Environmental Degradation Poses a Major Risk to Threatened Plant Species: Why Understanding Plant Populations is Critical to Preserving the Natural World

By Amanda Cordle, August 2021

Plant species, which play critical roles in ecosystems and food webs, often come second to animals in discussions about species endangerment and conservation. This is not because plants are any less important, but rather, because of the differences in how our culture thinks about and appreciates these two types of living organisms. Furman Biology professor Dr. Ashley Morris is increasing awareness of the importance of plant conservation through her botany classes, as well as her summer research program. This summer, five biology students—Nora Tillmanns, Banks Floyd, Calla Pederson, Lauren Eberth, and Skyler Fox– are working with Dr. Morris to gain new knowledge about rare plant species, so that these plants can be better conserved.

“If you think about plants, they can’t move as easily as animals. They can’t get up and walk around…there are many more restrictions on plants in terms of their ability to respond to climate change.” Dr. Morris explains.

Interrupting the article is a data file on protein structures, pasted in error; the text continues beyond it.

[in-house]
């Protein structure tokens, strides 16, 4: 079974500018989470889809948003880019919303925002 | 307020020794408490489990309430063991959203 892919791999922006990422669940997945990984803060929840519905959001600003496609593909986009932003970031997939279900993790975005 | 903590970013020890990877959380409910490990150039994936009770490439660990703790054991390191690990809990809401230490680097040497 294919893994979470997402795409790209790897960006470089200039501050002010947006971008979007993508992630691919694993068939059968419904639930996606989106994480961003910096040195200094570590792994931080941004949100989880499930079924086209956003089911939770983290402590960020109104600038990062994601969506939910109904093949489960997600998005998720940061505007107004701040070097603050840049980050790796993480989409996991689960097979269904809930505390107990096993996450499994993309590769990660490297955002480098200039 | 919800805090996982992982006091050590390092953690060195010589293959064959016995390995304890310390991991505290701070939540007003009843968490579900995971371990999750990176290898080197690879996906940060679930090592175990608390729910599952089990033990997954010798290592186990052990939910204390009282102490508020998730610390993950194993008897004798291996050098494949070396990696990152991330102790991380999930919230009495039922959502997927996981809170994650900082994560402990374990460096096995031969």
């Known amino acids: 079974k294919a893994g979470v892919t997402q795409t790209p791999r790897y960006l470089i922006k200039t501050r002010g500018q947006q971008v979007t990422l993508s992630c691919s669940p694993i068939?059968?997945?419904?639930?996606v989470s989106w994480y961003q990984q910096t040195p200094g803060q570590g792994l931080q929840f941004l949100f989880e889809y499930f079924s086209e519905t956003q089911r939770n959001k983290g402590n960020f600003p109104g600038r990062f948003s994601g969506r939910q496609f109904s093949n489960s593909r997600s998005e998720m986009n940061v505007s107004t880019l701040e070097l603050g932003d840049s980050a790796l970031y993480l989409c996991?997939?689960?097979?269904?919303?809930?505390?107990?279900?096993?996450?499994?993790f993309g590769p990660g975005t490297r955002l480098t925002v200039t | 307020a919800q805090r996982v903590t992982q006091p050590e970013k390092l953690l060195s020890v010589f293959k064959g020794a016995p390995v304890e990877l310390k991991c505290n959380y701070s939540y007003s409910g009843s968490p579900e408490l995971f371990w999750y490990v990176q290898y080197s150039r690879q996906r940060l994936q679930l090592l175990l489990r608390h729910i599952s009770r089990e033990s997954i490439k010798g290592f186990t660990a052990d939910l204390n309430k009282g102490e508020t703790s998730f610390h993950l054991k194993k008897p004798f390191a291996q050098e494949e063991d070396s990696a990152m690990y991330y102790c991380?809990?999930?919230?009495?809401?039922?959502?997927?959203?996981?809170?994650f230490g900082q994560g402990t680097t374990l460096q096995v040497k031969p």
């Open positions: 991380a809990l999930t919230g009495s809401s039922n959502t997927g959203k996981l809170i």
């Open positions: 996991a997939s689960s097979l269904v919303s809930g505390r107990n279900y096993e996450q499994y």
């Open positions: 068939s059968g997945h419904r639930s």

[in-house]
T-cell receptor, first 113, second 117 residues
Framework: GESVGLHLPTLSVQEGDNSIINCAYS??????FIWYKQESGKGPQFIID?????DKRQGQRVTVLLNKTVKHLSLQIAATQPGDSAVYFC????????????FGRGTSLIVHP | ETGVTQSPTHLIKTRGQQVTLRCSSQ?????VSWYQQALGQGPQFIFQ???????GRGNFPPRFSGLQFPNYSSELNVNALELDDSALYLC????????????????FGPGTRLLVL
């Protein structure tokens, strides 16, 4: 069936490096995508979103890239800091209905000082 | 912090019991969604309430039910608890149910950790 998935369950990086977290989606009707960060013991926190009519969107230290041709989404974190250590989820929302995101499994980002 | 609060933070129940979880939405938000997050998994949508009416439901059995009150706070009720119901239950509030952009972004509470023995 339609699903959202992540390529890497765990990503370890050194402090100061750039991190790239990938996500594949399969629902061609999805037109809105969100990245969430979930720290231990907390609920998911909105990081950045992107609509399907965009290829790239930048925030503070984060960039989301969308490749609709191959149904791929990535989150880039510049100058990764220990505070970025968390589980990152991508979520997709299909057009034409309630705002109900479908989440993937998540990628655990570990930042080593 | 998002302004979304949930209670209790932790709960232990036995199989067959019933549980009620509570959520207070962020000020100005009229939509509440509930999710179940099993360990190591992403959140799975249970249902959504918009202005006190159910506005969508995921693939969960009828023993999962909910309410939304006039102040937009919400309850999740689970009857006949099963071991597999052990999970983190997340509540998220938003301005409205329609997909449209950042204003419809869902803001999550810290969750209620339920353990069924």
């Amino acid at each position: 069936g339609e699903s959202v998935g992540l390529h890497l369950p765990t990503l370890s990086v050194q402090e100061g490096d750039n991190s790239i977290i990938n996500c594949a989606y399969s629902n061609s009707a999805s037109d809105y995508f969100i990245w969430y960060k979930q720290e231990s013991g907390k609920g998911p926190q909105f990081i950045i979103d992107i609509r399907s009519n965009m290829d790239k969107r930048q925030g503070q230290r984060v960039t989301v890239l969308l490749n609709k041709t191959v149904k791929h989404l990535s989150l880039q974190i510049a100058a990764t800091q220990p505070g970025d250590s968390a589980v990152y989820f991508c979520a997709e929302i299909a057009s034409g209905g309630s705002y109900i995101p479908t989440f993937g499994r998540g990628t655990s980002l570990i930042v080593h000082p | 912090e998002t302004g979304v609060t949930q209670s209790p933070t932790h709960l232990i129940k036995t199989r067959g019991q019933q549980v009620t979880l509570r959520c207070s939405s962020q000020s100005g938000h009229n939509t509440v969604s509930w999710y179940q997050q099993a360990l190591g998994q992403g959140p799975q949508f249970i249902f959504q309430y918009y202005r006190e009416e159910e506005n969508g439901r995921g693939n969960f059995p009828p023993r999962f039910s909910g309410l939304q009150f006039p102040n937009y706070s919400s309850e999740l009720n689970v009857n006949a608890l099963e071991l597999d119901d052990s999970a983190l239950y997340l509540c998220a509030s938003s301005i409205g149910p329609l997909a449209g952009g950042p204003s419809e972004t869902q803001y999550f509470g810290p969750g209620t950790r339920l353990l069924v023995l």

Dr. Morris has been studying botany since she was an undergraduate student at Sewanee (The University of the South). Her primary focus is plant reproduction, and more specifically, the environmental implications of sexual versus asexual reproduction. Most of her research is on rare plant species, and many of her studies have to do with clonal plants.

Clonal plants are those that reproduce both sexually and asexually, and although the offspring may appear to be individual plants, they can be genetic clones of each other that are connected by an underground stem-like structure. Therefore, gathering data important to conserving these clonal species, such as the number of individuals in a population or the genetic variance of a population, can be difficult.

“We use genetics to try and understand what an individual actually is in populations that have this [clonal] process,” Dr. Morris explains. “A couple of the projects that we’re working on now, include rare species that are clonal, and so we’re interested in the question, what then is an individual, and how then does that impact how we think about species management for these rare species.”